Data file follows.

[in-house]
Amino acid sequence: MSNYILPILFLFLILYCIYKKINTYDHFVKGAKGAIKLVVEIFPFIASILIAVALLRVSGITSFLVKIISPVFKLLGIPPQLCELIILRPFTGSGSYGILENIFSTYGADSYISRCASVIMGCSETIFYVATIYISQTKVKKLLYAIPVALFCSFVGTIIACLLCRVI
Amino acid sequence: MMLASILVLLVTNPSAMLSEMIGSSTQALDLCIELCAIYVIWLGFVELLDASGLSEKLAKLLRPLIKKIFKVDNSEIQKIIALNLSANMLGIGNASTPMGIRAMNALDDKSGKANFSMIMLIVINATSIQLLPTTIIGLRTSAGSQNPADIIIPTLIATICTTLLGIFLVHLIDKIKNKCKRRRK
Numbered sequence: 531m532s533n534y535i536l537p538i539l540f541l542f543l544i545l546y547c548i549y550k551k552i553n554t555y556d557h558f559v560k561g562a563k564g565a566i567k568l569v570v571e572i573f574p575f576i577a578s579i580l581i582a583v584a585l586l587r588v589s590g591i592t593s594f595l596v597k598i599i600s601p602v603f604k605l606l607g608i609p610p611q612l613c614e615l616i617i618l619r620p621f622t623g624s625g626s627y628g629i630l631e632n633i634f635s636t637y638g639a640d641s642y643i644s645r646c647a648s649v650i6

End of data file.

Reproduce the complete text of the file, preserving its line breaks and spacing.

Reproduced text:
[in-house]
Amino acid sequence: MSNYILPILFLFLILYCIYKKINTYDHFVKGAKGAIKLVVEIFPFIASILIAVALLRVSGITSFLVKIISPVFKLLGIPPQLCELIILRPFTGSGSYGILENIFSTYGADSYISRCASVIMGCSETIFYVATIYISQTKVKKLLYAIPVALFCSFVGTIIACLLCRVI
Amino acid sequence: MMLASILVLLVTNPSAMLSEMIGSSTQALDLCIELCAIYVIWLGFVELLDASGLSEKLAKLLRPLIKKIFKVDNSEIQKIIALNLSANMLGIGNASTPMGIRAMNALDDKSGKANFSMIMLIVINATSIQLLPTTIIGLRTSAGSQNPADIIIPTLIATICTTLLGIFLVHLIDKIKNKCKRRRK
Numbered sequence: 531m532s533n534y535i536l537p538i539l540f541l542f543l544i545l546y547c548i549y550k551k552i553n554t555y556d557h558f559v560k561g562a563k564g565a566i567k568l569v570v571e572i573f574p575f576i577a578s579i580l581i582a583v584a585l586l587r588v589s590g591i592t593s594f595l596v597k598i599i600s601p602v603f604k605l606l607g608i609p610p611q612l613c614e615l616i617i618l619r620p621f622t623g624s625g626s627y628g629i630l631e632n633i634f635s636t637y638g639a640d641s642y643i644s645r646c647a648s649v650i6